In a race for lanes, as there are just five boats entered in their event, the JW8+ debuted and did not disappoint, crossing the line first ahead of Germany and Romania in a snappy time of 6:25.88. With this race for lanes becoming an annual rite in this event you can bet that the coaches behind Germany, Romania, and the US were not going to tip their hand. This course is flat out fair, so the results from today were basically meaningless and we can get on with the good stuff on Saturday. Anyone who has seen a few junior women's eights can tell you that this year's US crew packs more punch than usual. It doesn't hurt that their six seat and seven seat, Reynolds (Princeton) and Roddy (Stanford) have a year of collegiate rowing under their belt. I guess we can thank their parents for sending them to kindergarten early. Hopefully their experience and the experience of two returnees from last year's bronze medal crew will translate into a place at the top of the podium on Saturday.
Two other US crews, the JW2x and the JW4- qualified out of their respective repechages. The JW4- advanced straight to the A Final on Saturday by finishing second in their race today, in a time of 7:10.4. In the first 500m, the US followed GB off the line establishing their boat in a solid qualifying position over third place. Nothing changed much in the next 1500m and it looked like the US had more to give coming in front of the grandstand. Stroke Eliza Hastings (Agnes Irwin HS) looked long and chose not to bring the rating up much in the last 20 strokes.
In the JW2x, the US crew of Emily Eiffert and Mairi Mckellop was never in jeopardy of not qualifying for their A/B semi tomorrow, as the finished third in their rep. They got clear of fourth place early in the race but found themselves out of the mix for the top two spots as well. It was clear that they were happy with the not having to race anyone today, as there was no evidence of strain on the girls as they came in front of the grandstand. This is twice now that the US JW2x was able to coast across the line to advance, a luxury they definitely will not be able enjoy in their A/B semi tomorrow.
The JM4+, JM1x, JW2-, JW4x, and the JM4x all failed to qualify for the top tier semi finals and finals Friday and Saturday.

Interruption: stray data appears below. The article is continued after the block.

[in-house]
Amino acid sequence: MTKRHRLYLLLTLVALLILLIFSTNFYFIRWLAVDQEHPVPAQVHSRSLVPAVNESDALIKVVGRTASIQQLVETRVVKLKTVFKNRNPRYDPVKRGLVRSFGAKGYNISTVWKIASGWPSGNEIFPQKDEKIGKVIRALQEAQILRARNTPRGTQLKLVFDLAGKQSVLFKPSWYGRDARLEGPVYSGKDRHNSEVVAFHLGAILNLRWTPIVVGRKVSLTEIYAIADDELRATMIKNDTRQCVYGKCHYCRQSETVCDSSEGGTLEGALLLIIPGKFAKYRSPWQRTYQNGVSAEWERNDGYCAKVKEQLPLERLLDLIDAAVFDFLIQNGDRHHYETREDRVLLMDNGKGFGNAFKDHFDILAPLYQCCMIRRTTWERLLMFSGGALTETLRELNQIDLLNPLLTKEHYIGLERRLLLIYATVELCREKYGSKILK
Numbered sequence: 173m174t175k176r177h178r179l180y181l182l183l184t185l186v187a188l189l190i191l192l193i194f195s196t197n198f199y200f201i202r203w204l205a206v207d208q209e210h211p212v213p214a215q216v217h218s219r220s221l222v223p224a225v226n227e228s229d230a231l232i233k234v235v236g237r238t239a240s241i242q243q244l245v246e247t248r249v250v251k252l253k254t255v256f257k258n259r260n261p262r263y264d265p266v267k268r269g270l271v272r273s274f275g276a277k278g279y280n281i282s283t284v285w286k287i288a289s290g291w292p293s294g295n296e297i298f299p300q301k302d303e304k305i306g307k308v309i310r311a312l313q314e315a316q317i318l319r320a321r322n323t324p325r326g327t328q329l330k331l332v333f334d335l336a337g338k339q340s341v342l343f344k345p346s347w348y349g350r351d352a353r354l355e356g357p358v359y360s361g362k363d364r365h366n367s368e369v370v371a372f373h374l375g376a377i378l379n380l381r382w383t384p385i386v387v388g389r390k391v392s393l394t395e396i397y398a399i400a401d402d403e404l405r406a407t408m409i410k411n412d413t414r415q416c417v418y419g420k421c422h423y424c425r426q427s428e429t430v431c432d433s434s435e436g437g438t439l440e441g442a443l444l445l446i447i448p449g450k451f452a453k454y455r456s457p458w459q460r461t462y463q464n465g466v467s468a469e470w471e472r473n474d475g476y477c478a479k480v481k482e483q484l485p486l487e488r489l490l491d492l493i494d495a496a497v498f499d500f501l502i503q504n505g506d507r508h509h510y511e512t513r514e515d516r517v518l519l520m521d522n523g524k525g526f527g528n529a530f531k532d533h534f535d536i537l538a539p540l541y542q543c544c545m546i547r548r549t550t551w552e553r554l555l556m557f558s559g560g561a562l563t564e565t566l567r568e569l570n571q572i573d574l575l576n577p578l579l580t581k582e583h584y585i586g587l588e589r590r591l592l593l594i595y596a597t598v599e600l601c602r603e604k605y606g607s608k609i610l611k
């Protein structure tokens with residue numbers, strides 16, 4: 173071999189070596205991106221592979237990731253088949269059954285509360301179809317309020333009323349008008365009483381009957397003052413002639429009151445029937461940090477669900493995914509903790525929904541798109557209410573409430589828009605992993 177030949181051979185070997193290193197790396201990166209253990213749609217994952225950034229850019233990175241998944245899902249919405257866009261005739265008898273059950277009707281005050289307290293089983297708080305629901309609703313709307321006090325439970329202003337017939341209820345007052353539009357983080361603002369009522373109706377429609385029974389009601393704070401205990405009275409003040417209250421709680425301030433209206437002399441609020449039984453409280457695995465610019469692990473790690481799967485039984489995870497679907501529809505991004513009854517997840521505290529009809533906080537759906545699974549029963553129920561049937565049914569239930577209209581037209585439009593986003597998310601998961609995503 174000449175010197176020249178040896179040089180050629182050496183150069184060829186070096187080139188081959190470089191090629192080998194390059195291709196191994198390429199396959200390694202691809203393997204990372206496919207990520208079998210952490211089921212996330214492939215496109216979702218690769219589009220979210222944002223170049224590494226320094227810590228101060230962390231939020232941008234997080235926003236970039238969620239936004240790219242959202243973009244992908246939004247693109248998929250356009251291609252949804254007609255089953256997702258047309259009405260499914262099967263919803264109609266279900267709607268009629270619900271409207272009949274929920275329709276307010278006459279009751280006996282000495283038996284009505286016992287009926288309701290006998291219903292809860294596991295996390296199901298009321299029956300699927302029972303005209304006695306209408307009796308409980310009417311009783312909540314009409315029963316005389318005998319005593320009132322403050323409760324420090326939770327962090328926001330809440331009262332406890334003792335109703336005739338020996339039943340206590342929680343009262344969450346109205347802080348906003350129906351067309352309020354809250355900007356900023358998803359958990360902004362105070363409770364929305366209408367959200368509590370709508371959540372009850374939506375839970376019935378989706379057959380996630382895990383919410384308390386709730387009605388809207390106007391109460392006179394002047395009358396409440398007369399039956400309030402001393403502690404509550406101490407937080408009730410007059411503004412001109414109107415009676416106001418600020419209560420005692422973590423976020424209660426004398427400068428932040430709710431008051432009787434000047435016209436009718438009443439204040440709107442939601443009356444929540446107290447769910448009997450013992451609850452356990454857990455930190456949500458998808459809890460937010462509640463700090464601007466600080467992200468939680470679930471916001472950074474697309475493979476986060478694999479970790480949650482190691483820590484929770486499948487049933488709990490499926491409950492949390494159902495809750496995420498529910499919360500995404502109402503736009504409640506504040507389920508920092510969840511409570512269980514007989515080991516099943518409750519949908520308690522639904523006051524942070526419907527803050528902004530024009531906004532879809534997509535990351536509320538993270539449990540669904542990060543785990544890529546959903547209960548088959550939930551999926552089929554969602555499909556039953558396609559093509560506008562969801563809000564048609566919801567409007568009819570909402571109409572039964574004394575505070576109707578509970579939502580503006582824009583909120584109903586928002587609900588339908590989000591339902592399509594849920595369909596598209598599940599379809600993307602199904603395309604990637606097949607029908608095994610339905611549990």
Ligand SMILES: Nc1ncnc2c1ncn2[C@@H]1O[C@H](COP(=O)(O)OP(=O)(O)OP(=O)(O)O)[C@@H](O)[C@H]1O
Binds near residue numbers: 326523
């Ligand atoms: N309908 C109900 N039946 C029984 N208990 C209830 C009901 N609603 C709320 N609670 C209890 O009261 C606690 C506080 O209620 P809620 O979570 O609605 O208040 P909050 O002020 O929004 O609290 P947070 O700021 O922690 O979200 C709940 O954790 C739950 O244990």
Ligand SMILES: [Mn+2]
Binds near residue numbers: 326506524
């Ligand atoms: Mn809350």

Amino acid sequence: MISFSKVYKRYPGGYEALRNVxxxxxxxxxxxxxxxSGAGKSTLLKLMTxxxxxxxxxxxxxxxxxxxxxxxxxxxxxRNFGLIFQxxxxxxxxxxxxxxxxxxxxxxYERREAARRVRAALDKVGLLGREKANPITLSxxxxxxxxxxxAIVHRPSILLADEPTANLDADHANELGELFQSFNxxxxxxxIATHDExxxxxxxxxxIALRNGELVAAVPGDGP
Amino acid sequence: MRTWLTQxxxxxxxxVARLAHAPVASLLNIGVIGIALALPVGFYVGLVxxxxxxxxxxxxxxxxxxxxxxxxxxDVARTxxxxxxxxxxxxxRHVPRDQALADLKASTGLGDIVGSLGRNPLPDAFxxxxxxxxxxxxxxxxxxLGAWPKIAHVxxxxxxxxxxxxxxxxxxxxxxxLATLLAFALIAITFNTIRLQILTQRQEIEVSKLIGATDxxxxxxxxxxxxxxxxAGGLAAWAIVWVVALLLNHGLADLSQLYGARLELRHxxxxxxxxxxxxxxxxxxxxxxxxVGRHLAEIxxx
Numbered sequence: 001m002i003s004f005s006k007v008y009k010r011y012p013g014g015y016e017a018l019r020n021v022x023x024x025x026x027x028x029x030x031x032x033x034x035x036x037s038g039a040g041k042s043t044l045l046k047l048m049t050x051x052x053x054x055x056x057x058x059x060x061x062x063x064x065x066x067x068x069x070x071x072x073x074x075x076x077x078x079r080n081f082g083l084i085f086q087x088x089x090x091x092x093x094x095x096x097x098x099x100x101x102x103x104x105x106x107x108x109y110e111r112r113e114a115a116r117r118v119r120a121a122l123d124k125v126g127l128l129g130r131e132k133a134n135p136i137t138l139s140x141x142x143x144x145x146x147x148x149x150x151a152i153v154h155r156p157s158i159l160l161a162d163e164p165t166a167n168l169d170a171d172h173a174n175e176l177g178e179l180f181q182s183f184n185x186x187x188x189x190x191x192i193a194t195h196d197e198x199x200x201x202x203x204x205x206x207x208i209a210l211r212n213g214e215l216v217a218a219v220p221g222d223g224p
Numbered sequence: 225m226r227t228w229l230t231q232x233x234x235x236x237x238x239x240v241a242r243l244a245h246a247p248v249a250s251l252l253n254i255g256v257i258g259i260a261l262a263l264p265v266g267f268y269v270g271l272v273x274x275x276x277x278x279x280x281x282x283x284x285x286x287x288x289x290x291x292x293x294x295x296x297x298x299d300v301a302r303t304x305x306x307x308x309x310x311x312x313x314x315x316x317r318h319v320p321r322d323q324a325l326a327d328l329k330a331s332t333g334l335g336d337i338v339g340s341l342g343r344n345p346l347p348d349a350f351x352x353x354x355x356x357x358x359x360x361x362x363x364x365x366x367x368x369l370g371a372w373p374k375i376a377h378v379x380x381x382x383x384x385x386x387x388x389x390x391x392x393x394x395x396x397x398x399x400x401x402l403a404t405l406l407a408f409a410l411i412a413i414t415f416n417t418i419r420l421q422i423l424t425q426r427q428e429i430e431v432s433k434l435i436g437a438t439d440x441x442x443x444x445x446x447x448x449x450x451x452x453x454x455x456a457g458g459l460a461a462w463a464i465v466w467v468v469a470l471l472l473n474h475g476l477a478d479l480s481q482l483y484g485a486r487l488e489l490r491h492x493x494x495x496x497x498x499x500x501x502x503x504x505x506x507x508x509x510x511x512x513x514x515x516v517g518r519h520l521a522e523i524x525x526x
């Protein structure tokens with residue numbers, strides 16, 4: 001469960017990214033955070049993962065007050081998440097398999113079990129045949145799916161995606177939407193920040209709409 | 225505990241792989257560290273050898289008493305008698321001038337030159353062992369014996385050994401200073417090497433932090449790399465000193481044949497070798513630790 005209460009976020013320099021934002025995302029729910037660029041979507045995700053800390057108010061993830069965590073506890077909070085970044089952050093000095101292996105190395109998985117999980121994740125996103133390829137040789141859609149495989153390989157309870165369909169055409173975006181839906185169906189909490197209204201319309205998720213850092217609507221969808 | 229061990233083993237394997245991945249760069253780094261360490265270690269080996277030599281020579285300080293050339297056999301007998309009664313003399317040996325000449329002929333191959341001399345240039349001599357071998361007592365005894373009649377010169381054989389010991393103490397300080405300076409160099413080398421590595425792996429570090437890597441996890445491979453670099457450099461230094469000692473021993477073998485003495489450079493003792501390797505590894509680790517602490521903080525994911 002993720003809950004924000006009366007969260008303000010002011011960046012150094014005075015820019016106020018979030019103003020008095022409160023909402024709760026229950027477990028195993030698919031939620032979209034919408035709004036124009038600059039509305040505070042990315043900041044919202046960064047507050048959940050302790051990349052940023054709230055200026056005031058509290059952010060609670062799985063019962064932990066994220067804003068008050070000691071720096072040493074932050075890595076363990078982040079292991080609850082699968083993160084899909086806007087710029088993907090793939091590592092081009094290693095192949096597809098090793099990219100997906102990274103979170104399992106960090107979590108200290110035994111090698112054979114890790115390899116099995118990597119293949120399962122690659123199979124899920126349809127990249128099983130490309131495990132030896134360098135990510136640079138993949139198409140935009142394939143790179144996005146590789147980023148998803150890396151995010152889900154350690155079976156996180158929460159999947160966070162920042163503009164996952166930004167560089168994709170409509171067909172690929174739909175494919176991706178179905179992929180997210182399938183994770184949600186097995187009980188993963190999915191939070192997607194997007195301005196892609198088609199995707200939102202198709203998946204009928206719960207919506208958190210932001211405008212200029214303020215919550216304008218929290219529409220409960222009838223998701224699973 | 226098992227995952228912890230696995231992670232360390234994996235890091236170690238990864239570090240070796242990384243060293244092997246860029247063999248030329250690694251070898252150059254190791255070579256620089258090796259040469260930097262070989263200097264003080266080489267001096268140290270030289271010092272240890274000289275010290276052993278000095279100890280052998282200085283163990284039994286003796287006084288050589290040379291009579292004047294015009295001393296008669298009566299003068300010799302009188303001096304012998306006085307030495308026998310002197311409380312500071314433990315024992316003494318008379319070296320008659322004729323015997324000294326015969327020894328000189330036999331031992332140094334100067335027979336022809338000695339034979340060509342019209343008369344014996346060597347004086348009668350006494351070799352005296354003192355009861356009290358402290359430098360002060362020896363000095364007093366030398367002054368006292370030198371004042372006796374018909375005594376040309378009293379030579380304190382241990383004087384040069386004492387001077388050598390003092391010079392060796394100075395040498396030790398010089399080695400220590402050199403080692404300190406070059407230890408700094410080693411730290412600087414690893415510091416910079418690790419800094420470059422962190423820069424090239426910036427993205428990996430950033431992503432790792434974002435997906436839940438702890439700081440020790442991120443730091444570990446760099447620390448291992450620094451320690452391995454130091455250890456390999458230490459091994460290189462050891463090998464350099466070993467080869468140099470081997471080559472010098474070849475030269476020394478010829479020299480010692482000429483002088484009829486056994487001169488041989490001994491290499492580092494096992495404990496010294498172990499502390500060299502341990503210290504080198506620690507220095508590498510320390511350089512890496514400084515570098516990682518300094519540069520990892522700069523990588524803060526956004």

The JM4+ got off of the line better than in their heat, but could not muster a charge in the final part of the race. They will race in the three boat B final for 7th thru 9th place on Saturday morning.
Similarly Keenan Reelick, rowing in the JM1x, got off the line very well and actually was in qualifying position halfway through his race. He was not able to maintain his speed in the later part of his race though and fell to a fifth place finish. Keenan will boat up again tomorrow and race in the C/D semi.
The JW2- off Stief and Maginnis fought valiantly but missed on qualifying for Saturday's A final by 2.1 seconds, finishing in third place in their rep. They made a nice move in the middle of the race to get back in contention, raised their rating numerous times over the final stretch, but could not punch through Latvia for one of the spots in the A final. They will race in a four boat B final on Saturday morning.
The JW4x of Reelick, Dickson, Van Fossen, and Knaster also made some moves in the latter part of the race to get in contention but were not able to finish in one of the three qualifying spots for Friday's A/B semi final. The quad charged through the field into fourth place and was within a half length of Russia for third with 500 to go but ended the race fifth, four seconds out of the money. These girls will race in the C/D semi final on Friday.
The JM4x of Gabriel Fort, Harold Fort, Matthew Sobotka and Ian Stewart will also race in the C/D semi final on Friday. The crew finished their repechage in fifth place. While their results would indicate a less than stellar performance, these guys have given about as much as you can ask for from a "lightweight" crew. Their boat average is a shade under 150lbs and not one of these guys is over 6'0". As we have seen all year, these guys are no joke when it comes to racing guys their own size. Regardless of how they do in the rest of the regatta they will be able to go home and shine their medals from the Stotesbury Cup and trophies from the US Youth Nationals.
The concession stands and the bouncy castles aren't going to see much action tomorrow, as a full day of semi finals racing starts at 9:30am tomorrow. After today's standing room only crowd, not sure where everyone is going to sit, but I am sure we can figure it out. The seniors will be back in action too, so make sure to check back to row2k for full race reports on tomorrow's racing.